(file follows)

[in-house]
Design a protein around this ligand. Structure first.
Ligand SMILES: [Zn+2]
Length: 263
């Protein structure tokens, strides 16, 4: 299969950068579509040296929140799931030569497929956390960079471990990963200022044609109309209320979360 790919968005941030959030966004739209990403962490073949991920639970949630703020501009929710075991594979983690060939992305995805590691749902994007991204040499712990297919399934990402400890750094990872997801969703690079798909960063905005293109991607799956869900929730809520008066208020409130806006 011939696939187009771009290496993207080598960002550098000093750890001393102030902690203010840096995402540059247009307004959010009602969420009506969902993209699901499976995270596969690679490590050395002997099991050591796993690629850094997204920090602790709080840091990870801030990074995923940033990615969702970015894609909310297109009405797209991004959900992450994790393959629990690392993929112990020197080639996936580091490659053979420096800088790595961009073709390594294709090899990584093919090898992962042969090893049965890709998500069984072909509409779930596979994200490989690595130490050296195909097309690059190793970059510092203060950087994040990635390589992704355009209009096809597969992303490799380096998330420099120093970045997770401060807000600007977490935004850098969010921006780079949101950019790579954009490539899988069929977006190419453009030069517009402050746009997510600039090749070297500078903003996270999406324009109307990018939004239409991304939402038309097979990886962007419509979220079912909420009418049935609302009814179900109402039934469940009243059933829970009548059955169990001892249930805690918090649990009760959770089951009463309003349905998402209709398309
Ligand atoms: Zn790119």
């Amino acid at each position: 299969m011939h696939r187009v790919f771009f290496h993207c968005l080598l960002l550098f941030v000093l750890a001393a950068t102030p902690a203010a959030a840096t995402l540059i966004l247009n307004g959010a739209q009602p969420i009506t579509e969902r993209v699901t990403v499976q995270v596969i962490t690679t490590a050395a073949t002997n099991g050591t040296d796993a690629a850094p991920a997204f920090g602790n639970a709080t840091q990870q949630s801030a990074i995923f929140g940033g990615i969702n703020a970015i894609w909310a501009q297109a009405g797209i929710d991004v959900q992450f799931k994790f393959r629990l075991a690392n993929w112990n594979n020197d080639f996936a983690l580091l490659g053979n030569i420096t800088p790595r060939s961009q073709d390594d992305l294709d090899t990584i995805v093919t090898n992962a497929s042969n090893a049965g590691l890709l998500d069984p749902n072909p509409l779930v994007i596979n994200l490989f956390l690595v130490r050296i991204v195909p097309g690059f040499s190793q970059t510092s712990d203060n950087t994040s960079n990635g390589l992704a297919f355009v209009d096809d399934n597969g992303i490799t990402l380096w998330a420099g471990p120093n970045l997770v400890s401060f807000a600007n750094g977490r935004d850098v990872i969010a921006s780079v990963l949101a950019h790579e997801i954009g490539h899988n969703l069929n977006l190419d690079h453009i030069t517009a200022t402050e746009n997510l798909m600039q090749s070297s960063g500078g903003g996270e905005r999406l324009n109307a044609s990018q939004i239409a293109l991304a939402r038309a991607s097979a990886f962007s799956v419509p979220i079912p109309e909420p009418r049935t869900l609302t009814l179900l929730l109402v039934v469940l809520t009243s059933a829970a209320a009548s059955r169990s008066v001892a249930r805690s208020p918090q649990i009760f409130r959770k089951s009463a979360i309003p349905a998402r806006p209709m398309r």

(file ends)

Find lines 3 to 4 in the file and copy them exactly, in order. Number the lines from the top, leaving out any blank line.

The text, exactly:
Ligand SMILES: [Zn+2]
Length: 263